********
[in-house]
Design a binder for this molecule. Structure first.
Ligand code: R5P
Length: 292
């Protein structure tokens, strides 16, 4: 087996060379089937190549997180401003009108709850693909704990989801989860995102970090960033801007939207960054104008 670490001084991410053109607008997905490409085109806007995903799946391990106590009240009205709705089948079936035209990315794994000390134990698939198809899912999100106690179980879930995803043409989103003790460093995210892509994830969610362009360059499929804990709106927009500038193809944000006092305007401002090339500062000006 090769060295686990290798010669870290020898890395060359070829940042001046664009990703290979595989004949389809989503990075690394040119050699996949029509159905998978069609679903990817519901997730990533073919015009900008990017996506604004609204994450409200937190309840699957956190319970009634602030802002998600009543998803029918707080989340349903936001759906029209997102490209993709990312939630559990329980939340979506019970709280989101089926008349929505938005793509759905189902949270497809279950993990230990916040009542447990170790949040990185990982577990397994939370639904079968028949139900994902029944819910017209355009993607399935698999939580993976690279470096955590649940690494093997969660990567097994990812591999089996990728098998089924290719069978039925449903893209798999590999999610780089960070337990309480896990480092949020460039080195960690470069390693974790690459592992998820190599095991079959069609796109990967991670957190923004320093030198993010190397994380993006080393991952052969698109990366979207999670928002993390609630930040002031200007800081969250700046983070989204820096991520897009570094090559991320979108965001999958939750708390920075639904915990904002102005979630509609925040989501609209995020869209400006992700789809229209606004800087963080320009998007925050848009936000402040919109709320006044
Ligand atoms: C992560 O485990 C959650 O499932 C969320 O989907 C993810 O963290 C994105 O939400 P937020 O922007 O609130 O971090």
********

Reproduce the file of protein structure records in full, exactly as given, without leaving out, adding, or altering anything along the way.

[in-house]
Design a binder for this molecule. Structure first.
Ligand code: R5P
Length: 292
């Protein structure tokens, strides 16, 4: 087996060379089937190549997180401003009108709850693909704990989801989860995102970090960033801007939207960054104008 670490001084991410053109607008997905490409085109806007995903799946391990106590009240009205709705089948079936035209990315794994000390134990698939198809899912999100106690179980879930995803043409989103003790460093995210892509994830969610362009360059499929804990709106927009500038193809944000006092305007401002090339500062000006 090769060295686990290798010669870290020898890395060359070829940042001046664009990703290979595989004949389809989503990075690394040119050699996949029509159905998978069609679903990817519901997730990533073919015009900008990017996506604004609204994450409200937190309840699957956190319970009634602030802002998600009543998803029918707080989340349903936001759906029209997102490209993709990312939630559990329980939340979506019970709280989101089926008349929505938005793509759905189902949270497809279950993990230990916040009542447990170790949040990185990982577990397994939370639904079968028949139900994902029944819910017209355009993607399935698999939580993976690279470096955590649940690494093997969660990567097994990812591999089996990728098998089924290719069978039925449903893209798999590999999610780089960070337990309480896990480092949020460039080195960690470069390693974790690459592992998820190599095991079959069609796109990967991670957190923004320093030198993010190397994380993006080393991952052969698109990366979207999670928002993390609630930040002031200007800081969250700046983070989204820096991520897009570094090559991320979108965001999958939750708390920075639904915990904002102005979630509609925040989501609209995020869209400006992700789809229209606004800087963080320009998007925050848009936000402040919109709320006044
Ligand atoms: C992560 O485990 C959650 O499932 C969320 O989907 C993810 O963290 C994105 O939400 P937020 O922007 O609130 O971090």